By Maraley McMichael
Senior Voice Correspondent 

When self-sufficiency and chickens collide


July 1, 2022 | View PDF

Courtesy Maraley McMichael

Young chicks in their pen behind the McMichaels' Fairbanks home, 1975.

Living at our place on Chena Hot Springs Road out of Fairbanks the spring of 1975, my husband Gary and I wanted to be as self-sufficient as possible. We had five acres, but no electric power. Besides tending our garden, greenhouse and two honeybee hives, we decided to raise our own meat. So, we purchased thirty Cornish Cross chicks and two Holstein calves.

Of course, these cute little peeps soon outgrew their cardboard box. We built a small plywood shelter and created a fenced enclosure with chicken wire attached to the aspen trees off the backside of our trailer home.

After several weeks, one Saturday morning we decided it was time to quit feeding them and put them in the freezer. Gary chopped off 10 heads and we dunked the fowl in boiling water, ran them through his homemade de-feathering contraption, cleaned, washed, cut up and wrapped our healthy organic chicken meat. Then we drove the packages to neighbors about two miles away where our freezer was plugged into their electricity. The next day we did the same thing. I did everything except cut off heads.

Monday morning when Gary left for work, he said, "It sure would be great if you could get another five done today." I assured him I could. After all, the only thing I hadn't done was to chop heads off and I had carefully watched him do it. So shortly after he left, I got things set up and went out and caught my first unsuspecting chicken.

I carefully laid the chicken on its back on the block of wood, holding on to its feet with my left hand. After running two fingers back and forth near its eyes to hypnotize and calm it down, I let go of its feet. I switched to my left hand to do the hypnotizing action, leaving my right hand free to pick up the hatchet. I didn't want my fingers anywhere near the neck when I brought the hatchet down. Already the process had taken at least twice as long as when Gary did it. I had another problem – I was starting to feel sorry for the chicken.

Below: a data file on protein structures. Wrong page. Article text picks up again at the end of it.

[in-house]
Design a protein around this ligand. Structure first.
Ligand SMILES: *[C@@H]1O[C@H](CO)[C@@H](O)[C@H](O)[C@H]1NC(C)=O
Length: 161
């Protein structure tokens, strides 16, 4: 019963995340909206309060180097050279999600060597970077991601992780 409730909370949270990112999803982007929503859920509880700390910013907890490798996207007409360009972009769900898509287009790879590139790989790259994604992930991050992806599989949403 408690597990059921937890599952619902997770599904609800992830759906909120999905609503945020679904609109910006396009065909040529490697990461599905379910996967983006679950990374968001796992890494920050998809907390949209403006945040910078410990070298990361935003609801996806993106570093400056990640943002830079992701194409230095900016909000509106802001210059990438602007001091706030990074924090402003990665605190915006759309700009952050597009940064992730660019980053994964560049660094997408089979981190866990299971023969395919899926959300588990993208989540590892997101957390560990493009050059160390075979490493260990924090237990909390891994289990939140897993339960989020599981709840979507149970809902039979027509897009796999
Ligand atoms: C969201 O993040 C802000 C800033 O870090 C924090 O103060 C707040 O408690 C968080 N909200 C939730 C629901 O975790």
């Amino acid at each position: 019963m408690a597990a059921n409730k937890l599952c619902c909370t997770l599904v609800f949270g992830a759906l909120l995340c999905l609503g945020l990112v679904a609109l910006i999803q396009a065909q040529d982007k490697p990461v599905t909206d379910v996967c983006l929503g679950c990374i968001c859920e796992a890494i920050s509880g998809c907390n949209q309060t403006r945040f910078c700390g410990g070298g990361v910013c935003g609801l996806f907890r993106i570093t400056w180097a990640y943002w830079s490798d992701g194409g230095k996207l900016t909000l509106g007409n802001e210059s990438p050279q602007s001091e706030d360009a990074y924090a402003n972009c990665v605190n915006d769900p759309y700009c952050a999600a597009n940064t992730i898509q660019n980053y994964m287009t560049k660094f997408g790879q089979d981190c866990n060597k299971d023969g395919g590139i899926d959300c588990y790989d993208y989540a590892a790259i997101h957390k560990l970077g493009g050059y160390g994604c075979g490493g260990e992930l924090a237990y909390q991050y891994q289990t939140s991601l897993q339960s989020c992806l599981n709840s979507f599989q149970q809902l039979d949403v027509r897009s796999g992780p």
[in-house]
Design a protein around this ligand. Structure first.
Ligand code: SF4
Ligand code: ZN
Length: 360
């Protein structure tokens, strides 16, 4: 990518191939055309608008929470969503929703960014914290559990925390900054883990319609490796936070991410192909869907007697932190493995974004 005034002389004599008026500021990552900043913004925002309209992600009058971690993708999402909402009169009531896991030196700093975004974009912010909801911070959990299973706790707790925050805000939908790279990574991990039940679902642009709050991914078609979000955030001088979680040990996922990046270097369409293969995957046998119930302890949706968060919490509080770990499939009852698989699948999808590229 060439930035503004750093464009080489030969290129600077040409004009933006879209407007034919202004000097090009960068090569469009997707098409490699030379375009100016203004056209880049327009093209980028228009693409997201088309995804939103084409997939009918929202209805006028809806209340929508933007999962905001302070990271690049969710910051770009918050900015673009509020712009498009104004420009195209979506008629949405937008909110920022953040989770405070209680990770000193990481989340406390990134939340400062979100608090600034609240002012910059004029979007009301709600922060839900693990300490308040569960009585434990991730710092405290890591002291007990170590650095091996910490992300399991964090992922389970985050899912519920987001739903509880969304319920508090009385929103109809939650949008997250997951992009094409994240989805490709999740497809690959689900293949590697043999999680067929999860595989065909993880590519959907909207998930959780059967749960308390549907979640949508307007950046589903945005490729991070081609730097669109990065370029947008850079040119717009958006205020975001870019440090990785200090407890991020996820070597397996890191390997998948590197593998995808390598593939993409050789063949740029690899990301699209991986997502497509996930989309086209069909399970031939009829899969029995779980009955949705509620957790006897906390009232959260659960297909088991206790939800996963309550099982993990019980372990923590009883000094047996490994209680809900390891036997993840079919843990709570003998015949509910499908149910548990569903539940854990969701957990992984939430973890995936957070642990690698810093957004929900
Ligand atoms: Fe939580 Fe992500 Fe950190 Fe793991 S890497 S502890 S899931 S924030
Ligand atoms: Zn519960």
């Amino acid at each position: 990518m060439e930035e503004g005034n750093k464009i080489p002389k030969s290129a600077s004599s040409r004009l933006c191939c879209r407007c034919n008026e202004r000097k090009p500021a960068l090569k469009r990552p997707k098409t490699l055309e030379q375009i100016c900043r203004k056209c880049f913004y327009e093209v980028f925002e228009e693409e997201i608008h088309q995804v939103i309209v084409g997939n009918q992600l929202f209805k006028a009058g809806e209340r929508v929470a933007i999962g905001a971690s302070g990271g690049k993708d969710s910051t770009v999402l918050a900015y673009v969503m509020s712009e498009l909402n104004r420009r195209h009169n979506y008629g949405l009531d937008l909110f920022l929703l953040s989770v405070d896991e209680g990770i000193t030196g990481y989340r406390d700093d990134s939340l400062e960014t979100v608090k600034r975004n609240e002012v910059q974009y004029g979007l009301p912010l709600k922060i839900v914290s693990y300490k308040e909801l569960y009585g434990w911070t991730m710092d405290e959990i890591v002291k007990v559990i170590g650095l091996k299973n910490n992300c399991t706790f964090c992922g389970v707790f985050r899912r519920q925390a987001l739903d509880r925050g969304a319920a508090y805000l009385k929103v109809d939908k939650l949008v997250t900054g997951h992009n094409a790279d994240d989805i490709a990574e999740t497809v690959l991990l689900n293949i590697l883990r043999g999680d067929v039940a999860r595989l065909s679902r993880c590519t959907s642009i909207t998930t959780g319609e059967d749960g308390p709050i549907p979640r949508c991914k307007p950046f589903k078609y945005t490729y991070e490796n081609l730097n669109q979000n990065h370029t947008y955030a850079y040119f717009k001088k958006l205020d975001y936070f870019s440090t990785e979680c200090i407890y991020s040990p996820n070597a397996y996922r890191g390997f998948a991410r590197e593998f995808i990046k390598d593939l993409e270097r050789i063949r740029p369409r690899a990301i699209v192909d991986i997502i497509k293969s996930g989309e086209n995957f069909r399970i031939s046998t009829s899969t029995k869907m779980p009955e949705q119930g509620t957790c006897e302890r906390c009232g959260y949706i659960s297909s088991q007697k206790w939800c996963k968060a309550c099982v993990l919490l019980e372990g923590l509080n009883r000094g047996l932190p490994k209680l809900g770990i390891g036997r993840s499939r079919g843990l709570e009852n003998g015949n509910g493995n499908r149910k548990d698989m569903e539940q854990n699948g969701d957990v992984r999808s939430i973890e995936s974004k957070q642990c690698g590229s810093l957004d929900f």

I saw that the chicken was losing its relaxed feeling, so I decided it was now or never. For some reason, just as I brought the hatchet down, I looked away. Bad idea. My aim was off a little and I didn't hit nearly as hard as Gary did. Then I really had a mess. The injured, not dead, chicken flopped around spraying blood everywhere. Full of adrenaline, I tried to decide what to do.

The bird was not going to hold still for another try with the hatchet. I had heard of people wringing the neck of a chicken to kill it, but had never seen it done. Deciding I didn't have much choice, I grabbed the chicken and tried to wring its neck like a towel. It only took a few seconds to see that it wouldn't work. Somehow I ended up just hanging on to the neck and twirling the whole bird around like a jump rope. After a short while I realized the poor thing was dead. I walked away from the scene to calm down and think. So far things were not going well. Gary had made it look so easy.

One dead chicken and four more to go and my nerves were a wreck. I could take care of this one chicken, but that wasn't very good use of the day. Besides, what would Gary think when he got home. If I hadn't already killed one, I could just forget the whole thing. I knew other women had killed chickens. If they could, I could, too. I didn't think I could wring any more necks, though. The chickens were so big and heavy. Back to the hatchet. Only this time, I would look when I swung and swing hard. I hardened my heart and proceeded without any further problems.

When Gary arrived home from work, I was just finishing up with the packaging. I told him about my experience. He didn't seem to understand why I had such a problem. In fact, since there were only five chickens left, he asked, "Would you do them tomorrow?"

"Only if you chop all their heads off before you leave for work," I replied.

In the years since, whenever we have raised chickens, I participated in all aspects except one.

Maraley McMichael is a lifelong Alaskan currently residing in Palmer. Email her at

Author Bio

Maraley McMichael is a lifelong Alaskan now residing in Palmer.

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